Twins Go From Lab to Parliament Hill to Fight Concussions
The reason for identical twins Sandhya and Swapna Mylabathula’s visit to Parliament was no joke – even if they were carrying a life-size brain made of Jell-O on April Fools' Day.
They were invited to speak to a subcommittee on sports-related concussions, part of a roster of witnesses including top sports scientists and hockey legends like Eric Lindros and Ken Dryden.
“Concussions are a growing problem in Canada,” Swapna told MPs while she held up a graphic showing an increase in concussions among youth. “This represents a lot of sport concussions. This is just the tip of the iceberg. It truly is a public health problem.”
The sisters have been studying concussions since their undergraduate years in biology and nutritional sciences. For just about as long, they have also pushed for better policy on concussions, which affect one in 10 Ontario students. In Canada, about 46,000 concussions were diagnosed among youth up to age 19 by hospital emergency departments in 2016-2017.
Concussions are caused by a hit to the head or body that makes the brain move inside the skull. They can lead to symptoms ranging in severity – dizziness, headaches, seizures – and can be fatal.
At the subcommittee meeting, a few legislators shared their personal concussion stories – about being body-checked in hockey when they were young or knocked off their bikes on the way to work.
Sandhya and Swapna found an enthusiastic audience for their recommendations: incentives encouraging a culture shift within sport to reduce risks of concussions, a national research centre on concussions and a national concussion awareness week.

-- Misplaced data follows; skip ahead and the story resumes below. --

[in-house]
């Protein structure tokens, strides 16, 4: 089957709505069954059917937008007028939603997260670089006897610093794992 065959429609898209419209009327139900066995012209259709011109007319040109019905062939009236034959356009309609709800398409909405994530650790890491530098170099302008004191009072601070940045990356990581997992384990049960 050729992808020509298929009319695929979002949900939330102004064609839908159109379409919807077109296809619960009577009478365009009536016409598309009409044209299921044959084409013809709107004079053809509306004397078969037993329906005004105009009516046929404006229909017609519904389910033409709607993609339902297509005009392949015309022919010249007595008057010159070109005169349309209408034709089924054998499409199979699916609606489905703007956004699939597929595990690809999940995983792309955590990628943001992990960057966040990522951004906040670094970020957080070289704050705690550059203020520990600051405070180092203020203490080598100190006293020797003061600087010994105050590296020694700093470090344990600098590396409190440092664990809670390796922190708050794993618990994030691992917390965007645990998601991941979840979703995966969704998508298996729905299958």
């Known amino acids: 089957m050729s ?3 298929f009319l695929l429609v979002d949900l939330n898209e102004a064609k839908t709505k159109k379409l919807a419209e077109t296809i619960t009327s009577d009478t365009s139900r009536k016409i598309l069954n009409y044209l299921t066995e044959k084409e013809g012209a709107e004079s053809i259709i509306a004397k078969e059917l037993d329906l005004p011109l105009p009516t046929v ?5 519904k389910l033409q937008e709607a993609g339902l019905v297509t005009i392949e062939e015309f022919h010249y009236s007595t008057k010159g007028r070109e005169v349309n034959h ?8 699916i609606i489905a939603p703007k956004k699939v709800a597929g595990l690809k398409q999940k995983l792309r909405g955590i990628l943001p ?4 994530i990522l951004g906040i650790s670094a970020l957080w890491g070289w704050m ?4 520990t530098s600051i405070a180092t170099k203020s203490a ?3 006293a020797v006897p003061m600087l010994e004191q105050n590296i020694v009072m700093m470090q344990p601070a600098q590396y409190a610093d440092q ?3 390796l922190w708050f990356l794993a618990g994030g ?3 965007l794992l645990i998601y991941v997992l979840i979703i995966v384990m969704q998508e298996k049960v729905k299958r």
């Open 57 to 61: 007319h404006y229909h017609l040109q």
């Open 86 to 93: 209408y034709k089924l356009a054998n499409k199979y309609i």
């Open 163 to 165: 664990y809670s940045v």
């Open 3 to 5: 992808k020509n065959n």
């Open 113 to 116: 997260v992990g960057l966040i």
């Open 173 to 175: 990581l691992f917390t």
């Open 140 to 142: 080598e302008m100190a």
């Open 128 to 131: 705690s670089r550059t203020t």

Neither of the sisters has had a concussion, but they have seen plenty as long-time hockey and Toronto Maple Leafs fans. In a TedX talk, they explain that their interest in the subject started around the time Paul Kariya – a gold medallist in hockey with Team Canada in 2002 – cut his career short due to repeated concussions.
Then there were even fewer resources in place for concussion sufferers, no strategy and little awareness, the sisters recalled in an interview with U of T News. They explained their reason for getting involved in advocacy, often finishing each other’s sentences.
Sandhya: “We saw this gap and thought: Someone’s got to do something.”
Swapna: “We can try.”
Sandhya: “Why not?”
Their visit to Parliament this spring wasn’t their first experience in policy-making. Years ago, they worked with their member of Parliament, Kirsty Duncan, now the minister of science and sport, on a bill to develop a pan-Canadian strategy on concussions. Sandhya and Swapna gathered thousands of signatures in support of the proposal, from their own Etobicoke riding to Prince Edward Island and British Columbia. Although the bill hasn’t become law, some of its elements are still being discussed in committee today.
The twins were also consulted on an Ontario policy on concussions that was implemented in public schools and was a precursor to Rowan’s Law, concussion-safety legislation passed in 2016. Its namesake, Rowan Stringer, was just 17 when she died on Mother's Day, after suffering what proved to be a fatal concussion in a rugby game.
Dr. Charles Tator, a professor of neurosurgery in the Faculty of Medicine and director of the Canadian Concussion Centre, is Swapna’s supervisor as she works toward her MD-PhD at U of T, but he knows both sisters through their advocacy. In her research, Swapna is evaluating Ontario’s policy on concussions in public schools before Rowan’s Law. Sandhya is a PhD candidate in the Faculty of Kinesiology & Physical Education and a fellow in public health policy with the Canadian Institutes of Health Research. She's researched concussion risk factors, policy, education and sex and gender considerations, among other things.
“They have achieved status and credibility in the concussion field, especially as related to policy,” Tator told U of T News.
The total number of concussions in Canada across all ages is as large as 200,000, according to some estimates. And about a quarter of people experience symptoms beyond one month, Tator says. “Some are unlucky enough to have symptoms be lifelong,” he added, “so this is an important condition. It’s a big health-care problem.”
“These sisters certainly have my admiration and my support,” he said. “I think it’s great they’ve taken up the cause and I hope they continue.”